Moving From Risk Management to Strategic Resilience
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Moving From Risk Management to Strategic Resilience

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Perla Velasco By Perla Velasco | Journalist and Industry Analyst - Thu, 02/02/2023 - 16:29

Risk management should be an essential part of any industrial operation. Nevertheless, such management approaches can be restrictive, as experts argue companies should move beyond risk management and develop the ability to look ahead by predicting, managing and preventing future risks to gain enhanced efficiency.

Risk management involves identifying, assessing and controlling the financial, legal, strategic, and security risks to an organization's assets and profits. These risks can stem from various sources such as financial instability, legal obligations, poor strategic planning, accidents and natural disasters.

The strategic resilience required to adequately tackle risks involves anticipating future challenges while navigating present problems and adapting to changing circumstances while maintaining focus on long-term goals. Strategic resilience is forged in a dynamic and fluid operating environment.

Osvaldo Barrios, Chief Risk Officer, Fresnillo, highlights the importance of considering all the possible risks in mining projects to be able to prevent and control them. “Faced with so many variants and risks, I stress the importance of creating different scenarios to be able to visualize how the risks can be managed,” said Barrios.

Barrios thinks every company must start by questioning whether they have identified their operational risks. He divides risks into several categories: the short-term of up to six months ahead, the medium-term of about three years ahead and long-term risks of up to 10 or more years in the future.

According to the World Economic Forum, two of the most prominent risks in 2023 are supply chain disruptions and inflation rates. Being able to source adequate energy may also represent a problem. 

Barrios explains that risks associated with environmental, social and governance (ESG) compliance represents are equally key to the mining industry because of their urgency and pressure to meet legal obligations.

“Although ESG issues may become more relevant in 5 to 10 years, when access to water or raw materials becomes more difficult to achieve or when key resources begin to run out, international demands surrounding ESG issues have already been established and require compliance. Therefore, they have a great impact on the mining industry, which cannot be understood without considering environmental and sustainability issues,” elaborates Barrios. Moreover, the increasing threat of climate change and the demands of communities close to mining sites necessitate more attention and care from the industry.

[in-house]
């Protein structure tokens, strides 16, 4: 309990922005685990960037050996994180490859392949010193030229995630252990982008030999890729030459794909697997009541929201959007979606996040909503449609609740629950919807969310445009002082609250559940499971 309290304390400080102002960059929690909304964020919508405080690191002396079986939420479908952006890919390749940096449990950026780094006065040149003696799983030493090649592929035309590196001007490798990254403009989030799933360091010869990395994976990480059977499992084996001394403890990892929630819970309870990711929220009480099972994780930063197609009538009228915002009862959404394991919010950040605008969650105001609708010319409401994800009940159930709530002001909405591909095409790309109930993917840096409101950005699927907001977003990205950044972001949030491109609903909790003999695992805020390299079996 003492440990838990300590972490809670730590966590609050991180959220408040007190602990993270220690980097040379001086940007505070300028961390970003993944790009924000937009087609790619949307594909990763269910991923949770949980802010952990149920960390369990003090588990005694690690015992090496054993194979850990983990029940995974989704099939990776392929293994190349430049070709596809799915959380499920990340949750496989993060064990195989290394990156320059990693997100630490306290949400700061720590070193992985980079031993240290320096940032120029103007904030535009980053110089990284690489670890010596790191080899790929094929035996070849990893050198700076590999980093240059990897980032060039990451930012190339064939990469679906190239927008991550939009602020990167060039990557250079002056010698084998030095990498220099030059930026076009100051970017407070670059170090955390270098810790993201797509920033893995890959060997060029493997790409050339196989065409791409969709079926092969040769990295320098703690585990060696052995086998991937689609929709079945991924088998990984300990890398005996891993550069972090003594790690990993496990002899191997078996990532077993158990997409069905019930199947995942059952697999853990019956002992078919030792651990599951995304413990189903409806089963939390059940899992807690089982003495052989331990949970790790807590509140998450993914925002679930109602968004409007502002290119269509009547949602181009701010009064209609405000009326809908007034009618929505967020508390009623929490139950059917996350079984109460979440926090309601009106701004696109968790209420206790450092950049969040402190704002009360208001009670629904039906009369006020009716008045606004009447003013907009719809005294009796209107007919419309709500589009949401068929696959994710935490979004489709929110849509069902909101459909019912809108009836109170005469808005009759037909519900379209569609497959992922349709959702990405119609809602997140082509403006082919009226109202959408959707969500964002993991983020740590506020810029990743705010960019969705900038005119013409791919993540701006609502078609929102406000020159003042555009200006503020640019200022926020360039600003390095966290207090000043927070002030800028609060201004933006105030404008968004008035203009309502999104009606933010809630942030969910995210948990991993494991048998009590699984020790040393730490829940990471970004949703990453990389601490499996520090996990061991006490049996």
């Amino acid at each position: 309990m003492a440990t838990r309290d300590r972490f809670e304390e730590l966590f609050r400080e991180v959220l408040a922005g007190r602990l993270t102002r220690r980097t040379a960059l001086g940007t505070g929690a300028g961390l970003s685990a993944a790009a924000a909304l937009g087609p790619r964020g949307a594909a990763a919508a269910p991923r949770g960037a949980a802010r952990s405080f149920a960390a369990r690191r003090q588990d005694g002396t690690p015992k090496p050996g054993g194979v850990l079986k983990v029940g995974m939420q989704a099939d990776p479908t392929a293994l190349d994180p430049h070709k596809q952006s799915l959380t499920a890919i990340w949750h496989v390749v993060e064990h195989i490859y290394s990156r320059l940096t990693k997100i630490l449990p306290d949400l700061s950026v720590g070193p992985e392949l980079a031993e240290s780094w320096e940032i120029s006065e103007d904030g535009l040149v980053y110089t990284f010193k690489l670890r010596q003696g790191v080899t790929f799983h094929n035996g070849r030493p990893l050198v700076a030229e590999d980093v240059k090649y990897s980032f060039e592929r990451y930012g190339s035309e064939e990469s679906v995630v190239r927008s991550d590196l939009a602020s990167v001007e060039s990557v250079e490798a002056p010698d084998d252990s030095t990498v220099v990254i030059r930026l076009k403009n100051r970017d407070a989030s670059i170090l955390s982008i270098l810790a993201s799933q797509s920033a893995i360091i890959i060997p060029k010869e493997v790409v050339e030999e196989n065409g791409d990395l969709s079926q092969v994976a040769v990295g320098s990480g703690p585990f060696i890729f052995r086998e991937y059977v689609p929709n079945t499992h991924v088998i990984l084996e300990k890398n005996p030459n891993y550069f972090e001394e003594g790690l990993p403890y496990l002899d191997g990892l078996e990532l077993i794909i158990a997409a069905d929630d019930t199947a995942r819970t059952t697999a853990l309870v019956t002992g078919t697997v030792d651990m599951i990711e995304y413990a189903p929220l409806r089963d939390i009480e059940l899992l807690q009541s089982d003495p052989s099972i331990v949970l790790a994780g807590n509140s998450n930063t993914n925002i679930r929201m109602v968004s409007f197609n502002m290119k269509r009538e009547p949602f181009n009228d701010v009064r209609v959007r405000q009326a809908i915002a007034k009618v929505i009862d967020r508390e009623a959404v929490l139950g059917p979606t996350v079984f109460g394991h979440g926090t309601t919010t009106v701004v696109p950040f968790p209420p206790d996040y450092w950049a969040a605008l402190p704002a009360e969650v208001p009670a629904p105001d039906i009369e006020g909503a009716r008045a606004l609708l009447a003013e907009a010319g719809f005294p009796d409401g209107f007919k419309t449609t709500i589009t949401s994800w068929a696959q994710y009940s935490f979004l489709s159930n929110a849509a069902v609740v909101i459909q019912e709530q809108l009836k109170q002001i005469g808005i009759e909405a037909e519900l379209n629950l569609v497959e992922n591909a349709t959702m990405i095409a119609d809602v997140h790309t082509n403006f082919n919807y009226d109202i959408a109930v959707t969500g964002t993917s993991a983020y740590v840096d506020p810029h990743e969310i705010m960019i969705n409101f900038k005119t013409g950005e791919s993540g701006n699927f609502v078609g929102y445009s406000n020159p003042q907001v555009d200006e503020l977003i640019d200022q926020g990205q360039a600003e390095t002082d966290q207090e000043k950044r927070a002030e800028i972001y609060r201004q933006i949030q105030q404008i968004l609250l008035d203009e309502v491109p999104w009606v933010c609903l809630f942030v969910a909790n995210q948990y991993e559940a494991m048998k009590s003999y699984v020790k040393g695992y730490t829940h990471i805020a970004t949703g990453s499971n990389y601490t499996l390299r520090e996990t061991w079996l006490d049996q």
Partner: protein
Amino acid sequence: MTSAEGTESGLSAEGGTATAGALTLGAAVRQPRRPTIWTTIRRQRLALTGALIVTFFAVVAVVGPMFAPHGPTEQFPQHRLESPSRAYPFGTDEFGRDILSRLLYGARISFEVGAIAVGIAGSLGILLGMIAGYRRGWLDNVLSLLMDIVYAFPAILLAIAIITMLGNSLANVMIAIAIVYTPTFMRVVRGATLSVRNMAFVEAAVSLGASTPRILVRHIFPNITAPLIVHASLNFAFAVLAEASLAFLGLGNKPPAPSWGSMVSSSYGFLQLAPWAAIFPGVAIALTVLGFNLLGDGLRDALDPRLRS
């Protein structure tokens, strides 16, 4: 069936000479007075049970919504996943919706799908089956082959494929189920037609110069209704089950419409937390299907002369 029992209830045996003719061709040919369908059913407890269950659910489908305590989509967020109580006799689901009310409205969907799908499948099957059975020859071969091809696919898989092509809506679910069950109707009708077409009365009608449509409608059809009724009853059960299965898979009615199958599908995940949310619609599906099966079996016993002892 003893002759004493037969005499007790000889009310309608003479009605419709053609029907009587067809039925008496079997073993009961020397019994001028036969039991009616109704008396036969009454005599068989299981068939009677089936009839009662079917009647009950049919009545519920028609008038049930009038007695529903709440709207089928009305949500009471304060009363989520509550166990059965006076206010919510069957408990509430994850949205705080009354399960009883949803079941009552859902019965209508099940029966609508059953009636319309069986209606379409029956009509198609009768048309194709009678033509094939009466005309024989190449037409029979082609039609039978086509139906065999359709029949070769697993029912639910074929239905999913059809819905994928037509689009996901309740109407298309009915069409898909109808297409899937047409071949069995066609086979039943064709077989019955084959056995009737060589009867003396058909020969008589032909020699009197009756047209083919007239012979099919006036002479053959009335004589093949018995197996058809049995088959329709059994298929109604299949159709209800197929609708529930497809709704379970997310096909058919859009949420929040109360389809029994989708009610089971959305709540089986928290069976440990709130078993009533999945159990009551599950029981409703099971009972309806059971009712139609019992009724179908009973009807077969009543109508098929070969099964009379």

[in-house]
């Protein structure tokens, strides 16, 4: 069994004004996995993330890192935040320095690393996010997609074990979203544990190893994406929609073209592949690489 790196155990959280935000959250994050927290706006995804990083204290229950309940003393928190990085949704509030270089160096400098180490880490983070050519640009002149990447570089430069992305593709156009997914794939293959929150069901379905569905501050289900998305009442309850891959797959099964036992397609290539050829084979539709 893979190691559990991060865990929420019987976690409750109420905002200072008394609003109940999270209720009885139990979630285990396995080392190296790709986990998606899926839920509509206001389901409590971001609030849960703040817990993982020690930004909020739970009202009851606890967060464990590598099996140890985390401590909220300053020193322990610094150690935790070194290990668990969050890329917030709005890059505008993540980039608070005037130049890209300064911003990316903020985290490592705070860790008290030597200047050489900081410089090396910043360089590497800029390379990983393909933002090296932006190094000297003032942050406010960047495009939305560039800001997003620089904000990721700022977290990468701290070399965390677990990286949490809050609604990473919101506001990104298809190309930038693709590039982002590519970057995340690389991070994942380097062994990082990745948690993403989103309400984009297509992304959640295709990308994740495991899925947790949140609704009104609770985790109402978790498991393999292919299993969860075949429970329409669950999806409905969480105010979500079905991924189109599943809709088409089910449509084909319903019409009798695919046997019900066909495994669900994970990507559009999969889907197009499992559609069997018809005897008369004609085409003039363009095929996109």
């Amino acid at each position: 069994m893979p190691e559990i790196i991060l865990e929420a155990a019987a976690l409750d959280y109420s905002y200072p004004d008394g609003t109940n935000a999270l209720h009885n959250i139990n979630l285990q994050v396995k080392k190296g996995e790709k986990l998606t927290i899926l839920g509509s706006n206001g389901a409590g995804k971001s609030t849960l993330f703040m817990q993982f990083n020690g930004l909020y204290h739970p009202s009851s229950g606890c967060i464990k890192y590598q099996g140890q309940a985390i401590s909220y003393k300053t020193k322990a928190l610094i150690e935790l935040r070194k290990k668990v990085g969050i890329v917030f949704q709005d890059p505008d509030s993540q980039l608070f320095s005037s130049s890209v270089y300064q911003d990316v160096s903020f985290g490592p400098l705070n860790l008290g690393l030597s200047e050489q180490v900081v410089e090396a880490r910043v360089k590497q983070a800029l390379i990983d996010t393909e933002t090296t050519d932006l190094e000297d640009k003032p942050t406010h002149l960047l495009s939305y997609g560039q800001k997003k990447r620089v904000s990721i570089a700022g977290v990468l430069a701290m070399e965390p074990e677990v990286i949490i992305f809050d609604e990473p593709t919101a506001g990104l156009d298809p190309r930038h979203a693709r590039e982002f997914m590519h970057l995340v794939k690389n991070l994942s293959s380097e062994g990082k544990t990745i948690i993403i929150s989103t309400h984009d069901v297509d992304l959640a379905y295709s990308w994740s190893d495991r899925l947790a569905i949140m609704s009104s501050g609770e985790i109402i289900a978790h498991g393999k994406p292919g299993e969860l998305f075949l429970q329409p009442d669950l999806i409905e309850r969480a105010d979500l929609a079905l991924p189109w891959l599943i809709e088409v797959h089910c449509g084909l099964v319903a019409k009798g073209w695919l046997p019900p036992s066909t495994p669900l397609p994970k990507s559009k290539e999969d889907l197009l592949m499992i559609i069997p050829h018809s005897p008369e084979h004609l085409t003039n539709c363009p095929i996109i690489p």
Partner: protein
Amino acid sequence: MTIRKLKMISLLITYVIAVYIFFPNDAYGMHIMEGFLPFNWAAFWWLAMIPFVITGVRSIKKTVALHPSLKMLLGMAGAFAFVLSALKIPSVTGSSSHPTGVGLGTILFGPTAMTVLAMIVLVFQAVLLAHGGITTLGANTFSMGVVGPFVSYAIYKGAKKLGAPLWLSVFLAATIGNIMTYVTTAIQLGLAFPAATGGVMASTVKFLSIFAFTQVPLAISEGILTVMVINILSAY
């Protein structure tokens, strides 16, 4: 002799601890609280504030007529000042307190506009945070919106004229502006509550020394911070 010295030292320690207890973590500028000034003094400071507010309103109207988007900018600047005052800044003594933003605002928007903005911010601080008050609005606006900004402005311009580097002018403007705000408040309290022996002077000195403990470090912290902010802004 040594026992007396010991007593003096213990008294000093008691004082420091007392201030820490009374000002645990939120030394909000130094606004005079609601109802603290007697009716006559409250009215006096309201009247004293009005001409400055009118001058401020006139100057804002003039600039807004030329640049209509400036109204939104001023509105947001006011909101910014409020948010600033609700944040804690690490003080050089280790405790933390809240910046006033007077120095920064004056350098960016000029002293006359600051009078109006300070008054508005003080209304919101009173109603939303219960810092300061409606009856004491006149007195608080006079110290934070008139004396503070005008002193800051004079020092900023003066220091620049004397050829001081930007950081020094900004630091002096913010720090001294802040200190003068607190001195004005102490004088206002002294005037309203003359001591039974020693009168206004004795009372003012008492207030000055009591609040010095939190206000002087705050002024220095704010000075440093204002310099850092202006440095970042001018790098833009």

“Geopolitics also pose a threat. International tension reaches beyond the conflict with Russia, as other disputes could escalate. As we have seen, these conflicts can threaten the stability of supply chains that closely affect the mining industry. Upcoming elections in Mexico and the US will also be crucial factors,” Barrios explained.

Together with the global issue of inflation, increases in operational costs have and can continue to affect the industry. Similarly, access to capital and new business models are issues that need close attention to avoid future setbacks. “We have all been affected by higher operating costs. This is especially clear in the mining industry: the prices of steel, fuel, chemicals and other key inputs have risen. It is therefore important to implement appropriate operational efficiency measures. It is essential to do more with less and maintain good cost records,” said Barrios.

Barrios emphasized the need to pay close attention to talent training and retention. Since talented workers struggle with increases in living costs like everyone else, the need for competitive compensation stands out. 

Subsequently, innovation and digitization represent an opportunity as well as a challenge. “The main challenge for mining companies to adopt innovative solutions and technologies is strongly linked to risk culture. In the absence of such a culture, investing in these solutions is not the main objective. We have to create awareness regarding the importance of implementing a risk culture and getting rid of resistance to change,” he said.

Barrios identifies other two risks for Mexico in particular. “The government’s actions pose a risk to mining operations. At the beginning of the administration, the authorities declared that no more mining concessions would be granted and even existing concessions were going to be reviewed and possibly withdrawn. This remains a significant risk, so we must work to challenge the negative emotions toward our industry. We must work closely with authorities to foster the necessary transitions.”

Finally, tackling insecurity in Mexico is paramount. “We must bear in mind that we cannot control this in the short term. Insecurity can even increase in the long term and have a major impact. For this reason, we must be attentive to the risks that surround the industry,” Barrios concluded.

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